- Downward Facing Dog / Adho Mukha Svanasana s

            Bend knees and lift sitbones just enough to gain an inward (lordotic) curve in the lower back, then (without rounding your back and loosing the curve you have created) practice lifting your navel back and rooting your sit bones down toward the floor.


- Standing forward bend / Uttanasana s

            Extend the spine, lift the navel back toward the spine and root the sit bones down without rounding your low back (just like you just did in down dog). On the inhale, keep the core engaged and root the sit bones down as you take hands to hips and stand up with a long spine. When performed this way, standing up from uttanasana strengthens the hamstrings.


- Standing sequence:

*NOTE: when sacroiliac dysfunction/pain is severe asymmetrical poses (those where the two legs are not doing the same thing together) are very risky. If SI pain is acute, I would suggest sticking to the SYMMETRICAL poses in the sequence (I have marked them with an s to indicate symmetry)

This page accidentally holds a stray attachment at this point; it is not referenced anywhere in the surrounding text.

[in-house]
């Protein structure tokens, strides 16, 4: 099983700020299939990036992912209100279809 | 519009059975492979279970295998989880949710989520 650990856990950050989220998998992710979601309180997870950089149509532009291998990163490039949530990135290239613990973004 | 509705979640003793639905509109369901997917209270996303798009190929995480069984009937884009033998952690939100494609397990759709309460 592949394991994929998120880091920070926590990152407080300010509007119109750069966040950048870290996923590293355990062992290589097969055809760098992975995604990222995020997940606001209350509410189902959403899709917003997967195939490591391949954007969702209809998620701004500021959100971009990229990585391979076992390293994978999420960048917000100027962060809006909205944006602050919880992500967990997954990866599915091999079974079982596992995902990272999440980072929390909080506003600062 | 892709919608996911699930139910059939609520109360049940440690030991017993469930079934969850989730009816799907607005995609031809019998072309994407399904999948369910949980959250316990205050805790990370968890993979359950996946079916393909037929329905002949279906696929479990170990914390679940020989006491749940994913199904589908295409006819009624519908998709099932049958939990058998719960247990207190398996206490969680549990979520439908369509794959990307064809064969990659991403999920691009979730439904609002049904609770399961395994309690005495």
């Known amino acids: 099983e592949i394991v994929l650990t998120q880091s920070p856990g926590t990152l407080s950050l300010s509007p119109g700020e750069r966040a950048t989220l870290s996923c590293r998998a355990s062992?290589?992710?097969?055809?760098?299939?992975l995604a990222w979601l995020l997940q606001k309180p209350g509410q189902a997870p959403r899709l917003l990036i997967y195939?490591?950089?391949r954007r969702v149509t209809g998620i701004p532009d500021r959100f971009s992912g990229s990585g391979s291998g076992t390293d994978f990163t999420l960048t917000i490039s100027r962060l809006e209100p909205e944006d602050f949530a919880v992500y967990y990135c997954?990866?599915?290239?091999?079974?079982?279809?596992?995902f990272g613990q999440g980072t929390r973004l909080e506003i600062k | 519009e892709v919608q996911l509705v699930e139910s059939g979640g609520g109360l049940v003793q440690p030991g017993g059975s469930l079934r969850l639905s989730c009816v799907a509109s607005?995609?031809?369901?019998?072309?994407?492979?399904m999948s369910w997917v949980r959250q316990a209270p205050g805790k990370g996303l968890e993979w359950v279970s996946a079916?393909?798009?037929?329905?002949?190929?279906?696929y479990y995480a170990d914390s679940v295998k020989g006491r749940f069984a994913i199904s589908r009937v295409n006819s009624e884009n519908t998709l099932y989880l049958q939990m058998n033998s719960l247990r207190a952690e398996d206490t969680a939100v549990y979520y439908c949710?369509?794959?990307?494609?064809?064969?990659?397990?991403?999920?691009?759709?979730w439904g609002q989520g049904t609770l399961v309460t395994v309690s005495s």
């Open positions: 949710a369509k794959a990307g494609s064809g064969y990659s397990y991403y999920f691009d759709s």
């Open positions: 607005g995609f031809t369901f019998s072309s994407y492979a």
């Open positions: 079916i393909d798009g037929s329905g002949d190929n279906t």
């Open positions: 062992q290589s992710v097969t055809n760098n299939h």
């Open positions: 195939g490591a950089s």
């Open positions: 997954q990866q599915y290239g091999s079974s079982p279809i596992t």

- Warrior / Virahabdrasana II

Engage the core via the 3 STEP PROCESS above. Root down through outer edge of front heel to engage the butt muscles more. Begin with hands on top of pelvic bones and make sure that they remain level.

            - Triangle / Trikonasana

Engage the core via the 3 STEP PROCESS above. When coming into this pose RESIST the temptation to throw the hips to one side. If you hear a popping in the tissue of the front leg engage the core more fully.

            - Side Angle / Parsvakonasana

Do this pose with your forearm on your front leg. Follow instructions for Triangle pose above.


- Standing / Tadasana Uttanasana (with block) s

Place block between inner upper thighs, engage the core using the 3 step process, with soft (not locked) knees firm all of the leg muscles (including your butt) and squeeze your block, exhale to fold into

---> Forward fold / Uttanasana (with block) s

            Inhale to extand the spine exhale to hop or shuffle to

---> Plank / Phalakasana (with block between upper thighs) s

            Make sure to ‘tuck the tail’ and exhale and lower down slowly to the floor. Release the block and rest.


- Side plank / Vasistasana (variation) s